The Most Vulnerable Population In Sheltering


“Kit-napping’ happens every year in the spring and summer. When we find a litter of kittens, it is natural to be concerned. Our animal-loving instincts tell us they may be abandoned and in need of help. However, in most cases removing the kittens is not the best response and doing so may end up putting them in even greater danger. Human intervention is typically not required. In fact, taking otherwise healthy kittens away from mother cats, can increase their mortality rate up to 40%.

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Mom will likely return shortly, and it’s critical that the kittens remain in her care, as she offers the best chance for survival. Her milk has important antibodies for her kittens to build their immune system with, she keeps their body temperature regulated, and also stimulates them manually to go to the bathroom. Mother cat may be off searching for food, or to find a more suitable location to move the family. If the kittens are not in obvious danger and appear cozy and clean, simply leave the area. Don’t hide nearby, because the mother cat is likely watching you and can see and smell your presence. If you find kittens that are in immediate danger, you can move them to a safe area away from direct sun, rain or traffic, like a bush, that is close enough for mother cat to still find. Contrary to popular belief, a mother cat will not “reject” her kittens because of human scent.


If the kittens are sick or injured, or, after 12 – 14 hours you have determined the mother cat will not return, you can pick them up and opt to become their surrogate caretaker. Shelters and rescues are often inundated every spring and summer with well meaning people bringing kittens into the shelter, but they often do not have staffing or resources to help. The best thing you can do if you decide to take neonatal kittens from outside is become their caretaker until they are old enough to be spayed/neutered/vaccinated and adopted. If you do attempt to feed any kittens, do not feed cow’s milk – you must use special kitten milk called Kitten Milk Replacer. Before you feed them, be sure that the kittens are warm. If they’re cold and look hungry, warm up the kitten first or they could face life-threatening complications. Newborn kittens are fragile and require very specific care in order to ensure their survival. Before taking kittens from outside, we encourage you to do your research and visit the resources below. The Fredericksburg SPCA is not currently set up with a Kitten Nursery, however, we are working towards being able to offer resources to those who decide to rescue kittens from outside. We get hundreds of intake requests, so while we may not be able to intake a kitten at a certain time, we have compiled a robust list of resources and are happy to provide what we can. When we are able to intake kittens, we encourage those who take kittens in from outside to sign up as a foster, and offer to care for the kittens until they are old enough for adoption, or can be placed in another foster. We are able to provide supplies, as well as support when we have dedicated foster homes to place an animal in.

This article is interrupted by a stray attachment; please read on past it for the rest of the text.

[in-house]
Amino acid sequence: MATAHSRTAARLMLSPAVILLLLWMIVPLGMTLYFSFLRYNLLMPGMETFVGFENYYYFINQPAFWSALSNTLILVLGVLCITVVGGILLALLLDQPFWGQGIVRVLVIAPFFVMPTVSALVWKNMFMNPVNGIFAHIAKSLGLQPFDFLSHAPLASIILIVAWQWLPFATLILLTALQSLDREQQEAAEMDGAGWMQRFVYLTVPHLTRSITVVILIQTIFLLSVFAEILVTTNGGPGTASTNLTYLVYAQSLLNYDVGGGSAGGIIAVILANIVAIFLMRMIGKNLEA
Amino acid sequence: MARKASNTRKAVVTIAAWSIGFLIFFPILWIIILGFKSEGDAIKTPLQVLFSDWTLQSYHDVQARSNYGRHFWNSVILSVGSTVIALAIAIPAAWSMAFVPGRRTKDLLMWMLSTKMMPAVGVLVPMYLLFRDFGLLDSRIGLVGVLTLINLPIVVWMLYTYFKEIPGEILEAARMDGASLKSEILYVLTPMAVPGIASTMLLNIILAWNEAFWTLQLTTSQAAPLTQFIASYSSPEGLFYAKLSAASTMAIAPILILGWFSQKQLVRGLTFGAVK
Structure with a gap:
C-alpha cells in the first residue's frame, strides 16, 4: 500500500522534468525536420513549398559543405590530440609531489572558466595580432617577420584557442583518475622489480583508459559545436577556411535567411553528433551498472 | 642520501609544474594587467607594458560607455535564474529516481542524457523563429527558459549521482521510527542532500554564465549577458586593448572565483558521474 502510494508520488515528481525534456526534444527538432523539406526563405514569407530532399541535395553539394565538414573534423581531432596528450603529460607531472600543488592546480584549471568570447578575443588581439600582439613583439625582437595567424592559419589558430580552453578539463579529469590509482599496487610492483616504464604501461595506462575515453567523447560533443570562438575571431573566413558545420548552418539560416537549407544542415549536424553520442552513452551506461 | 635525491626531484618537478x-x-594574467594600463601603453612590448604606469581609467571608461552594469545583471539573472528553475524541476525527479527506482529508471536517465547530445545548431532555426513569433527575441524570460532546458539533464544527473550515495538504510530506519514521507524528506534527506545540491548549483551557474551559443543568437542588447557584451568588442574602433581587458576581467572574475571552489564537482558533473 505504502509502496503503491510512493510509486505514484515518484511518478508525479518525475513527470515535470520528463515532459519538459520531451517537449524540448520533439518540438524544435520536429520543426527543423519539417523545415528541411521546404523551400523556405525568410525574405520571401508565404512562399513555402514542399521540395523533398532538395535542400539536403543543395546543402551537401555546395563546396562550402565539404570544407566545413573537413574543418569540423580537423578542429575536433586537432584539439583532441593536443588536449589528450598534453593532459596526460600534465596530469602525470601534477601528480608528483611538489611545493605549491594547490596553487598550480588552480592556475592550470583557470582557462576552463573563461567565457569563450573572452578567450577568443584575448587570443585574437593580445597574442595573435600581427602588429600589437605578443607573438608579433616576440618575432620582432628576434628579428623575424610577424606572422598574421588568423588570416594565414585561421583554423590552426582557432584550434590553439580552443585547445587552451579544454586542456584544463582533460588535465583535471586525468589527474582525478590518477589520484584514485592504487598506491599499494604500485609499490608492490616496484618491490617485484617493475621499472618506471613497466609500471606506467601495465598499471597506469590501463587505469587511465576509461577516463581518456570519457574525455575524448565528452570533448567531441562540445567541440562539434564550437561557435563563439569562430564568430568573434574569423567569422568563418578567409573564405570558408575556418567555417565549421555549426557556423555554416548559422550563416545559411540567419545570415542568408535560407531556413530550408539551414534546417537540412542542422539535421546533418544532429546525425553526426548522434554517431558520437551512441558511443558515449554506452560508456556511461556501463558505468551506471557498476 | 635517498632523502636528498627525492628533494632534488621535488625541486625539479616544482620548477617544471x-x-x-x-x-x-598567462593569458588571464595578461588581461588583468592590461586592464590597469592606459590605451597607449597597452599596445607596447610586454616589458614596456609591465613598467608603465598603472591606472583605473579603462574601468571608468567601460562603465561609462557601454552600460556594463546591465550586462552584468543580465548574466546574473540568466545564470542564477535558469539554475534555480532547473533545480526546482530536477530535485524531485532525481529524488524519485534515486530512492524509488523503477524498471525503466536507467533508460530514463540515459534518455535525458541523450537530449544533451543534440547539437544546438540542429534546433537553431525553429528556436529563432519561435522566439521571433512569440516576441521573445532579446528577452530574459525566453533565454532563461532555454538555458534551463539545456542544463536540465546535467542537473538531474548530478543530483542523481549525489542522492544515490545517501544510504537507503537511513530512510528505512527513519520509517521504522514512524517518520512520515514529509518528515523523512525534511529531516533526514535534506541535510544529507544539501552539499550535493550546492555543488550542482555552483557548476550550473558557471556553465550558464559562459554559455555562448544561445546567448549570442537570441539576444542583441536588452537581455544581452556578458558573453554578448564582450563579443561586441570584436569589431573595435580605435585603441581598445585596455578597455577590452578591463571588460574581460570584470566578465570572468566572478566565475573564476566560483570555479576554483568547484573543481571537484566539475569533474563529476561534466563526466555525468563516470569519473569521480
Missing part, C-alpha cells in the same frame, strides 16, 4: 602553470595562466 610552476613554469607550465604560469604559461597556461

If you find abandoned kittens and want to help them, the best thing that you can do is foster! Mom & Babies, or orphaned kittens do not need much space and can often be housed in a bathroom away from other pets. We host monthly trainings for fosters and have a robust foster community of staff and volunteers for support. We have a number of opportunities to foster kittens that come into our shelter such as:


We accept 500-600 kittens into our care every year, and as you can imagine that takes a toll on our resources. As a 501c3, our funding and supplies come from the generous donations from the public. Donations to our Kitten Foster Program allow us to provide supplies to our Fred Foster Fam who care for the shelter’s most vulnerable population.


Donations may be dropped off at 10819 Courthouse Rd, Fredericksburg VA, 22408 or purchased directly from our Amazon Kitten WishList: